Our first task in the window restoration and repair project involves investigating the condition of the windows to determine how they had fared since the 1980 restoration. We knew from visual observation that a lot of paint was peeling and there was evidence of moisture related deterioration on the inside of the sashes.Further, the 1980’s restoration documents did not provide any observational notes which might give us a clue as to their age or construction. While it is presumed that the sashes are not original, their multi-light configuration suggest either a pre or post Victorian era age (earlier as Federal/Italianate rarely used large panels of glass or late as Colonial Revivals often imitated the smaller muntin configurations of earlier architectural styles), and remains unresolved to this posting.
So sashes from three representative openings were removed (one window on each level on the South or back side of the building) to determine conditions and get a general feel for how repairs would proceed on all sashes.
One of the first things noted was that sash pulleys had been installed for single hung windows (only one set per window opening), but there were no counter-weight ropes. Further inspection revealed that there was no dado slot for the rope or a knot hole to tie it off as one might expect. The blocks supporting the pulleys were removed to reveal that the pulleys were constructed of finely machined hardwood with a flared brass bearing shaft through which a brass axle pin was inserted, clearly shop made but field installed.
We drilled small holes in the counterweight boxes to insert a scope and discovered perfectly made rectangular boxes that were…completely…empty. Also, there are no obvious counter weight box doors through which the weights could be installed in the boxes for use.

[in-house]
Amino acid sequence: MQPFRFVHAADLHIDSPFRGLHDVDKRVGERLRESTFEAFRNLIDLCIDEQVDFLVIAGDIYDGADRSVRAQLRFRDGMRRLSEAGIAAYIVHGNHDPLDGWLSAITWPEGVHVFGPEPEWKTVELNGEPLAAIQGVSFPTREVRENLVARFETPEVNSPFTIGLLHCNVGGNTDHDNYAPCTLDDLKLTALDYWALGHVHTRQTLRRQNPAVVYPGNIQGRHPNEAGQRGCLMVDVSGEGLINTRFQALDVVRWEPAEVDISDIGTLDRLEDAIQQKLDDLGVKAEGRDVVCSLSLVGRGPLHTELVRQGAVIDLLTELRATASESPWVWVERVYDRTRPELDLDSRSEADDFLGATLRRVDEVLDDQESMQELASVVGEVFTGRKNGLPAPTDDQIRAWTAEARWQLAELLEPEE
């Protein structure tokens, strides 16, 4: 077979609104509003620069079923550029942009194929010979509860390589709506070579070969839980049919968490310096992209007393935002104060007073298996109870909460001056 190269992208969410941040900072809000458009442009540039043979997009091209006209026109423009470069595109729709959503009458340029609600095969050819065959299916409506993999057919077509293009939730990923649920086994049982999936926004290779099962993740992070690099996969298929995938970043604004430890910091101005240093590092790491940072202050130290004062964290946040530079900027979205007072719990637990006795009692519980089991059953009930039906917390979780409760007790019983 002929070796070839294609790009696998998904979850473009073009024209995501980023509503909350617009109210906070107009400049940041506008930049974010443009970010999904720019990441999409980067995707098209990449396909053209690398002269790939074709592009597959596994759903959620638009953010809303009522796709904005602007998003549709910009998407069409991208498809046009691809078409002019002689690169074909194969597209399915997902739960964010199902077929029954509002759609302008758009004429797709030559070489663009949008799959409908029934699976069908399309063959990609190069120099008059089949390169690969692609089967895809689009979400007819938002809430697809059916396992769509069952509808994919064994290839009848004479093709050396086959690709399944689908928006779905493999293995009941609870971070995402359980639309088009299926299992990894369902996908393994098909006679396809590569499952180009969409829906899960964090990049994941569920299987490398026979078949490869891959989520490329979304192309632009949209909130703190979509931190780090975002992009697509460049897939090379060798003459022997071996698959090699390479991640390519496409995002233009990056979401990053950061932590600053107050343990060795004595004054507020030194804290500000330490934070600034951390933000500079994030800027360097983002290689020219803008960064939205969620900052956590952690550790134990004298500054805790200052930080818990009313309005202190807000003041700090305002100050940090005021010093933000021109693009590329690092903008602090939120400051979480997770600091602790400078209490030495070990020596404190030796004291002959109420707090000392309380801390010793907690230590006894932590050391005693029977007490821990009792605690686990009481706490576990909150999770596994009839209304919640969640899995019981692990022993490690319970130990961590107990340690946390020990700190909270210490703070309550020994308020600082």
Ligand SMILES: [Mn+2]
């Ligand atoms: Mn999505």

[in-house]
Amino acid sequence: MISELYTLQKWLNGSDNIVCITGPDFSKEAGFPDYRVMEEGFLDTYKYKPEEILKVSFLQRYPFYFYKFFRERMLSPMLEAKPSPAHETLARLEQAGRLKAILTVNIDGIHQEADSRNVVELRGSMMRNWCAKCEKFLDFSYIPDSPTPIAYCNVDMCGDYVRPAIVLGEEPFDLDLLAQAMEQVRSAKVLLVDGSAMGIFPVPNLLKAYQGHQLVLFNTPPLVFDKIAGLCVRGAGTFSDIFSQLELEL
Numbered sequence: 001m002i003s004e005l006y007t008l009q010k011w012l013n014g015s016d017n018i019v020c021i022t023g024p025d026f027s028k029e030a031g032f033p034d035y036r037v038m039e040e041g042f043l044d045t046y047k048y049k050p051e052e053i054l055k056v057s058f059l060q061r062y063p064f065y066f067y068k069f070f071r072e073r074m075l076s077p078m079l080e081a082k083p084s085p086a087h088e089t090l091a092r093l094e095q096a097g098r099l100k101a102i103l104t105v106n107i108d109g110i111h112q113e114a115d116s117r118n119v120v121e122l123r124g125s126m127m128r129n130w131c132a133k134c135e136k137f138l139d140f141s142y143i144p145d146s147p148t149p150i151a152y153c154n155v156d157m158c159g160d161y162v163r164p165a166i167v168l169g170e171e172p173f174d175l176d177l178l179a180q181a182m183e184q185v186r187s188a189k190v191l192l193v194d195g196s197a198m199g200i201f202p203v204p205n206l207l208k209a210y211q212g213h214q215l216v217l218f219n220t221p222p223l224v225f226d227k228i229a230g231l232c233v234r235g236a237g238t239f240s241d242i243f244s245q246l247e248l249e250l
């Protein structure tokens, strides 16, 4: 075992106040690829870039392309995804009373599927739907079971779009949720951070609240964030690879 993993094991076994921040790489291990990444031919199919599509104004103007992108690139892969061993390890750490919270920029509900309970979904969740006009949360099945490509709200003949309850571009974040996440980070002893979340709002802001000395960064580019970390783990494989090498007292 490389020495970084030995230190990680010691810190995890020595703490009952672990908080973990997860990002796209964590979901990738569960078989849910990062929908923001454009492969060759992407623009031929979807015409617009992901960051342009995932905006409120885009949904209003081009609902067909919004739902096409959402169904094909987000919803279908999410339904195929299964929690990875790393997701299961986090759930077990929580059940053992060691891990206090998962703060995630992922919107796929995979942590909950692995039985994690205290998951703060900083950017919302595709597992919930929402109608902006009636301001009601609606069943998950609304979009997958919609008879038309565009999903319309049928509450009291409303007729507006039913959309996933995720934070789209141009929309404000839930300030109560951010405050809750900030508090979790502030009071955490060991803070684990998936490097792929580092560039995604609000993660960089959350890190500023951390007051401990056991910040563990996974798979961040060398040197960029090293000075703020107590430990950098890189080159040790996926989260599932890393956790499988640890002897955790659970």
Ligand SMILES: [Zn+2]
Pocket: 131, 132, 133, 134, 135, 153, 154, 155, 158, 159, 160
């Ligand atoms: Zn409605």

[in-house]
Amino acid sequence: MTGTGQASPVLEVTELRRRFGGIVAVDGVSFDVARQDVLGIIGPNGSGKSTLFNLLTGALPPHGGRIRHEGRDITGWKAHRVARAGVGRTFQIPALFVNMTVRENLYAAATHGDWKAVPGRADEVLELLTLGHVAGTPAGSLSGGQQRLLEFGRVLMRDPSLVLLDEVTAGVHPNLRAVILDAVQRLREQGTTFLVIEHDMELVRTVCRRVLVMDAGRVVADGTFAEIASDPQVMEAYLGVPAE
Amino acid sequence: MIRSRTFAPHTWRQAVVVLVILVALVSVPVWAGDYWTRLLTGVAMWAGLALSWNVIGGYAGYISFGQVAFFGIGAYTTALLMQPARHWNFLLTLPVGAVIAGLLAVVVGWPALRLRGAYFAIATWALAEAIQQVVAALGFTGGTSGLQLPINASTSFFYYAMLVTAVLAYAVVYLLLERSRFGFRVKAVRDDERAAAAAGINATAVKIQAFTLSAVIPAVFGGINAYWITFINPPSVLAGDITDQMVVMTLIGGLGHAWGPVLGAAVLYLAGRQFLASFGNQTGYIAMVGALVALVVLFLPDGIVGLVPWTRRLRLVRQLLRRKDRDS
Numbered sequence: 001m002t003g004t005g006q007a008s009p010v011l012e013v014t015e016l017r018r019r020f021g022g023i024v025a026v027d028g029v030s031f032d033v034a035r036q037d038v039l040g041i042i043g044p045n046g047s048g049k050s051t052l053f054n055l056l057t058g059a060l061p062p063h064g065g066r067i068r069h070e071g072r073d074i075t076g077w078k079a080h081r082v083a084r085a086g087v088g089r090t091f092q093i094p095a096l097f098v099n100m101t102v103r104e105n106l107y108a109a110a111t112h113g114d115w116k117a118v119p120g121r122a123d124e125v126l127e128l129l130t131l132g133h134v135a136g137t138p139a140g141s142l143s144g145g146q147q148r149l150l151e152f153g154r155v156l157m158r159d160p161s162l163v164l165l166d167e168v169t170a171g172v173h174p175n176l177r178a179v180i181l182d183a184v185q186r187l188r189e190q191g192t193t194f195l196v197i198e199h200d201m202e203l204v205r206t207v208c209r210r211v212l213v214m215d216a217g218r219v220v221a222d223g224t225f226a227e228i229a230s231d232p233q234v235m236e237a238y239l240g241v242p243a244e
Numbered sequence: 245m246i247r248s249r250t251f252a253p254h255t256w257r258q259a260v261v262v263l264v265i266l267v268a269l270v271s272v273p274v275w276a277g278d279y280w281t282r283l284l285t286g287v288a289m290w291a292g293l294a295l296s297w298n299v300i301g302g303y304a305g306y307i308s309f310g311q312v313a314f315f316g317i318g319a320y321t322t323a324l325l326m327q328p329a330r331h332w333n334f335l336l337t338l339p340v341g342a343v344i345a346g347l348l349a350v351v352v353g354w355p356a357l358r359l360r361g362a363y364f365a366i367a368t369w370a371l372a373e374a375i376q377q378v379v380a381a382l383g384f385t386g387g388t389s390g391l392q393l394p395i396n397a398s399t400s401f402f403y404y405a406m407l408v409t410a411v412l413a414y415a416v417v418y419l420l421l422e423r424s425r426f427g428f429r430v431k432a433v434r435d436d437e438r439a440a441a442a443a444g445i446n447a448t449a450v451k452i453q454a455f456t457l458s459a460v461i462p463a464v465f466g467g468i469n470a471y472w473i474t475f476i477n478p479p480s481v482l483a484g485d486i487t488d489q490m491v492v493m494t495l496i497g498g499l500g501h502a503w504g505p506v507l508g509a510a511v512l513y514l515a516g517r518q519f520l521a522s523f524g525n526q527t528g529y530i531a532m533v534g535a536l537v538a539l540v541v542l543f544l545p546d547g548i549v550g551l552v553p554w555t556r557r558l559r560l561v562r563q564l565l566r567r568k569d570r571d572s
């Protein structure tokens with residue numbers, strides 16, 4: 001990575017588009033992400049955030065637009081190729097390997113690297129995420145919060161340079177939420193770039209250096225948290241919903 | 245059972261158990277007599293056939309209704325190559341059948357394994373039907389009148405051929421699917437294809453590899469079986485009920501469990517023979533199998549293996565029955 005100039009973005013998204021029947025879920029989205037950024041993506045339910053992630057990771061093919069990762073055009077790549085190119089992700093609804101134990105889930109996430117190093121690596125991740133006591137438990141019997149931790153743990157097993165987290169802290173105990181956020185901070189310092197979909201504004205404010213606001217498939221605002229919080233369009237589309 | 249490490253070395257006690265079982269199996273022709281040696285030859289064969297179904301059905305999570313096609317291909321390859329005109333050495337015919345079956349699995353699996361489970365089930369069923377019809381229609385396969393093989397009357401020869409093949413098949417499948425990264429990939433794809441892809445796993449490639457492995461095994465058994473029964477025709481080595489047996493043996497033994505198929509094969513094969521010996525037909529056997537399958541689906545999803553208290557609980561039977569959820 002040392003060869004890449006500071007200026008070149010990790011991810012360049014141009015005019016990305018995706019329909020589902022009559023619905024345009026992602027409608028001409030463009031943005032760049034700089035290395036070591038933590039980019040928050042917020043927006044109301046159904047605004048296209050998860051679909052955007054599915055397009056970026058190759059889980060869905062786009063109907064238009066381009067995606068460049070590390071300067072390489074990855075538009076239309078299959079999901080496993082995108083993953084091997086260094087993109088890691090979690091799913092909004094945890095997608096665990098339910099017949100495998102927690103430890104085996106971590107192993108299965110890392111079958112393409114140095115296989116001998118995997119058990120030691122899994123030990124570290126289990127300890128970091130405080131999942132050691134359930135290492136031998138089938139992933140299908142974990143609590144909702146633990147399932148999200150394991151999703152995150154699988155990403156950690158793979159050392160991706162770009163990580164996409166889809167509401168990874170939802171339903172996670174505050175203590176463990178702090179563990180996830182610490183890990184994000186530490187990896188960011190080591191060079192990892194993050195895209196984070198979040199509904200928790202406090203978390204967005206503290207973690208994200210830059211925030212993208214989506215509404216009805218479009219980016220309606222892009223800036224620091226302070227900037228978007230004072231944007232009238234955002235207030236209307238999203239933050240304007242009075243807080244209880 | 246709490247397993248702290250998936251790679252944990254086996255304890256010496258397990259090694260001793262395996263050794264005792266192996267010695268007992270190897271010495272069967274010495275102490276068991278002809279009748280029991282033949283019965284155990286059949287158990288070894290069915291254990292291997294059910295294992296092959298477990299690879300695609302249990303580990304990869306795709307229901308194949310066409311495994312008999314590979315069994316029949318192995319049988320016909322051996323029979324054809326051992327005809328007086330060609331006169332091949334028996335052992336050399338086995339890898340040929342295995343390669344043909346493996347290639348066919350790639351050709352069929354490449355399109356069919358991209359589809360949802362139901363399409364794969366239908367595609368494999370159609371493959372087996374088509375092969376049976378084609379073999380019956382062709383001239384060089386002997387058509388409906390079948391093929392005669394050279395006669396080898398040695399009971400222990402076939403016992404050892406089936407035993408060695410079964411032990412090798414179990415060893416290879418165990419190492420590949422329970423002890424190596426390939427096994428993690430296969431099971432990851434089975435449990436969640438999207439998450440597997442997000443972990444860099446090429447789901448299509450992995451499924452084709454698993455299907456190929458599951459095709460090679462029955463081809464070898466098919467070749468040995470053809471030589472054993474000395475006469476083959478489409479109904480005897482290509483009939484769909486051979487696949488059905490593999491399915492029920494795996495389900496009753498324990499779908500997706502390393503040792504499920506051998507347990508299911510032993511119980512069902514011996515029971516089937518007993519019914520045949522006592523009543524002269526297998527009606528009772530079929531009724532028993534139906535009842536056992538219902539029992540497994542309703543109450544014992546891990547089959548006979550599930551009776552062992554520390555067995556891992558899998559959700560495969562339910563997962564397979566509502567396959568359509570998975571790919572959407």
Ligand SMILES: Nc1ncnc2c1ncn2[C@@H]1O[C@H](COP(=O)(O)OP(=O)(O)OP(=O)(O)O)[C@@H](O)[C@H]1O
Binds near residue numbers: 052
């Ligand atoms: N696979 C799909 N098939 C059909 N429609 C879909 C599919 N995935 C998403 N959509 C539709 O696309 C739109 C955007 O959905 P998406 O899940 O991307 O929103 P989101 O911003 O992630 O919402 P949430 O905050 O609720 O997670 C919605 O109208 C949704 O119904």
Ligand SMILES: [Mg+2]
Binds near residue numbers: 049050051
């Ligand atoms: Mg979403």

We also carefully pried open one of the interior shutter boxes which had been nailed and caulked into place in the 1980 restoration. Those restoration documents only specified that inner shutter panels not be replaced. Once open we discovered that the shutter had been stripped of all paint, the attachment to the window frame modified, rendering the hinges inoperable, no secondary shutter leaves and no obvious access point for counterweight installation as that counterweight box panel (essentially the window frame), is one continuous piece of wood.
So what we have discovered so far provides no real “smoking guns.” Our working theory and summary conclusion as to the age of window systems thus far, based on observational and background information are as follows:
- Earliest photographs reveal the sashes (which appear to be the current units) are single hung, have relatively small glass panels and are all very delicate in woodworking proportion suggesting a Federal/Italianate period or Colonial Revival period – so 1785-1850 or post 1890. We are leaning more toward Federal/Italianate as the thinness of the materials and proportion is uncharacteristic of the Colonial Revival period.